Commercial vehicle industry calls for decarbonisation plans before bans

The Society of Motor Manufacturers and Traders (SMMT) has called on Government to help develop a plan that facilitates the transition to zero emission HGVs.

The SMMT wants Government to work with the commercial vehicle industry to develop a zero emission alternative for HGVs before it commits to an end of sale date for conventionally fuelled trucks, similar to the ban of ICE vehicle sales by 2023.

According to the industry body, all of Europe’s major truck manufacturers have agreed that new HGVs will be fossil fuel-free by 2040, and are investing billions in new powertrains to replace diesel, the most commonly used HGV fuel. However, at present there is no clear technology that can provide full zero emission operations for all weights and uses of HGVs.

The need to support powertrain research and infrastructure development has been underlined by a new report: Fuelling the Fleet: Delivering Commercial Vehicle Decarbonisation. SMMT analysis has revealed that the commercial, technological and operational barriers currently associated with new technologies such as batteries and hydrogen meant that in 2020, only 0.2% of HGVs were alternatively fuelled – contrasted with cars, which reached this proportion in 2007.

Battery electric van usage, meanwhile, reached 0.3% in 2020 – the same proportion as cars in 2019. Uptake rates for electric vans have continued to grow rapidly, reflecting how battery power can effectively replace fossil fuels in this vehicle class, but just 2.6% of new vans registered between January and July 2021 were battery electric vehicles (BEVs), compared to 8.2% of cars.

The report adds that established manufacturers have already brought a range of fossil fuel-free HGVs and vans to market, while several new players have also entered the market with dedicated zero emission commercial vehicle portfolios.

In the report, it states: “With new technology comes new opportunities for the UK to develop and manufacture fossil fuel free commercial vehicles (CVs) and their component parts.” It adds that in order to achieve this, Government should develop a roadmap that supports UK manufacturers and the supply chain, creating a strong domestic market and helping companies seize the opportunities that emerge.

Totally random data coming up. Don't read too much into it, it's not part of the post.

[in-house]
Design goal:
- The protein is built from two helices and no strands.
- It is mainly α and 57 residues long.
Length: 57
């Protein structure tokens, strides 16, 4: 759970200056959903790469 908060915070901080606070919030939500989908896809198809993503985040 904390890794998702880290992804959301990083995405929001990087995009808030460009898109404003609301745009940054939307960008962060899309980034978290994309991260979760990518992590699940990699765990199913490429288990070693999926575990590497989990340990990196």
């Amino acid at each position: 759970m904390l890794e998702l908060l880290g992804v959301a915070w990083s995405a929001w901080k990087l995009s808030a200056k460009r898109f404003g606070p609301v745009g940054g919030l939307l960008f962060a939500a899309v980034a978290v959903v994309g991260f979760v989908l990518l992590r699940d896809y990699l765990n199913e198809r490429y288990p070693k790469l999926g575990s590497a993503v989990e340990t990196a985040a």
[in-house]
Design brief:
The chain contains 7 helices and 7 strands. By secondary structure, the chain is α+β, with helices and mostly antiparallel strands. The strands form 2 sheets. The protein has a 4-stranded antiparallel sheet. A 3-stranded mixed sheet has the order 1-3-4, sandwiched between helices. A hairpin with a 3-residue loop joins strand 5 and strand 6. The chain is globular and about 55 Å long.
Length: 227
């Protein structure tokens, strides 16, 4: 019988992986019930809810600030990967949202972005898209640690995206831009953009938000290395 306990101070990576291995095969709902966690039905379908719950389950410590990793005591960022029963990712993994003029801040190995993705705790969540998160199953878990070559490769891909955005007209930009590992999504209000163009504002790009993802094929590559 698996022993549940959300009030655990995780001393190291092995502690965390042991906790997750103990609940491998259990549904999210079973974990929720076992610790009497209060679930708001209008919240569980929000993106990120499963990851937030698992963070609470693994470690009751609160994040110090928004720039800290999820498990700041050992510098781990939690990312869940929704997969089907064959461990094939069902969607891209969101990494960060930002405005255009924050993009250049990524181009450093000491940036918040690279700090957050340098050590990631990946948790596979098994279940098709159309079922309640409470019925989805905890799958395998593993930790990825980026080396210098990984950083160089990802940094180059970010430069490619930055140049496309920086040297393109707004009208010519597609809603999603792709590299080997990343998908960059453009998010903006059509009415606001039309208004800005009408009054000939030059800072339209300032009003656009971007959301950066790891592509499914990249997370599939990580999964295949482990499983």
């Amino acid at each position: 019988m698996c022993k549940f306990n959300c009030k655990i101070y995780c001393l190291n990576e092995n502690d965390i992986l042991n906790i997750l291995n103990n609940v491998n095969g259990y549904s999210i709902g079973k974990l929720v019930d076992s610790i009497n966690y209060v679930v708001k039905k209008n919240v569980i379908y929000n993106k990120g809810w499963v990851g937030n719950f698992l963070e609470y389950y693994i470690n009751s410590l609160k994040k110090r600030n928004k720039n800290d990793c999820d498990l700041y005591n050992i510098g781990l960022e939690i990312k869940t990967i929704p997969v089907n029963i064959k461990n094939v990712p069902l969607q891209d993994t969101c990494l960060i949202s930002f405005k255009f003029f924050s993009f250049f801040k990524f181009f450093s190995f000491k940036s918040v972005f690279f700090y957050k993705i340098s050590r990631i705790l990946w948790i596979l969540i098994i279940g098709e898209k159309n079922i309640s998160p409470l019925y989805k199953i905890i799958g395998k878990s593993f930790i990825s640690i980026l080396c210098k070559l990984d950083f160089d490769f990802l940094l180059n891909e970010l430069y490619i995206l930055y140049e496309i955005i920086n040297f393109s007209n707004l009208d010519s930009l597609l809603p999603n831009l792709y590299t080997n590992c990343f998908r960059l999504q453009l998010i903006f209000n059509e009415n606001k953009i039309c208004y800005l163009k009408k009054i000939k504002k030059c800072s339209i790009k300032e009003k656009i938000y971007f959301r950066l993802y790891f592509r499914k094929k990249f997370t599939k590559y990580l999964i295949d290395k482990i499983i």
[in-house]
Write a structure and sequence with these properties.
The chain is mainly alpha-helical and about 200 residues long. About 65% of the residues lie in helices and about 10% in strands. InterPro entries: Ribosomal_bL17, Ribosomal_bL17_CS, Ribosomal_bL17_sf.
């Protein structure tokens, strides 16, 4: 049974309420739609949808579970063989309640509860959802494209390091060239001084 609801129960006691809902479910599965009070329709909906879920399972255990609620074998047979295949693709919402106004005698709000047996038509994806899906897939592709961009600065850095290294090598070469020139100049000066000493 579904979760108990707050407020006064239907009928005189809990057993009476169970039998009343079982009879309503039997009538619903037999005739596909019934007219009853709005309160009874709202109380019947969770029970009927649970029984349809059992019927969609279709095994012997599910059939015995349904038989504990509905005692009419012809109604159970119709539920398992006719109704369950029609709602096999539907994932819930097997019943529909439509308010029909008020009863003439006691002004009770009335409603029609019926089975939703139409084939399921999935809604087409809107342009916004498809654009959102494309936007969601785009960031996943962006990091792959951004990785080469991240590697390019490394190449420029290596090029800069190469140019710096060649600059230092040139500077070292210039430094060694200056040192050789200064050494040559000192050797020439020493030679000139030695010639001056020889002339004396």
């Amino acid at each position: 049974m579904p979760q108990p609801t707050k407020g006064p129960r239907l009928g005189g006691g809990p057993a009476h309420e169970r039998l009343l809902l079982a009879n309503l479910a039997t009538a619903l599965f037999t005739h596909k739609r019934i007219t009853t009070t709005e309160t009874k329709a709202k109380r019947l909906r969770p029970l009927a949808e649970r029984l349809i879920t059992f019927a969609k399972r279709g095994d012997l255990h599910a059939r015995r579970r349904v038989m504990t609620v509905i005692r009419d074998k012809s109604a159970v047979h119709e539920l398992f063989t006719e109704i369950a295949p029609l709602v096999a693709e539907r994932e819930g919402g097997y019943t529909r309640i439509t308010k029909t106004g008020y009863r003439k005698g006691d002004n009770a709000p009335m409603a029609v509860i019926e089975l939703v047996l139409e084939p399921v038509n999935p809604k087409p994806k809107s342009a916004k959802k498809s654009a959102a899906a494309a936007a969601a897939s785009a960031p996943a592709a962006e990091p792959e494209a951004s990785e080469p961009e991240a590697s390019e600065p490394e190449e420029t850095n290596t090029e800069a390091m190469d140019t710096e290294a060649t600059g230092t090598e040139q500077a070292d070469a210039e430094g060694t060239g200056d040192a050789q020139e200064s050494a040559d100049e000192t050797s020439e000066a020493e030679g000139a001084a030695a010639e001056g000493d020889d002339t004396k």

It also calls for the “urgent” rollout of a dedicated public HGV charging network, with forecasts predicting the need for 8,200 public HGV charging points in the UK, equivalent to more than two new charge points opening every single day until the end of the decade. Alternative technological solutions, such as hydrogen fuel cell vehicles, face an even tougher challenge with only 11 refuelling locations across the country.

Mike Hawes, SMMT chief executive, said: “The industry is committed to be fossil fuel-free, but there is not yet a clear technology path for every weight class and every use case. Before it sets a deadline for the sector, the Government must support the technological development and market proposition and provide the right framework, so hauliers don’t defer their decarbonising decision to the last minute. Plans before bans is the key.

“Vans face fewer obstacles in this decarbonisation journey than HGVs but adoption rates remain low, driven by the lack of charging points and higher operating costs relative to diesel. The new models are there, with many more coming, but without investment in incentives and infrastructure, the commercial vehicle sector will struggle to meet our shared ambition to reach net zero.”

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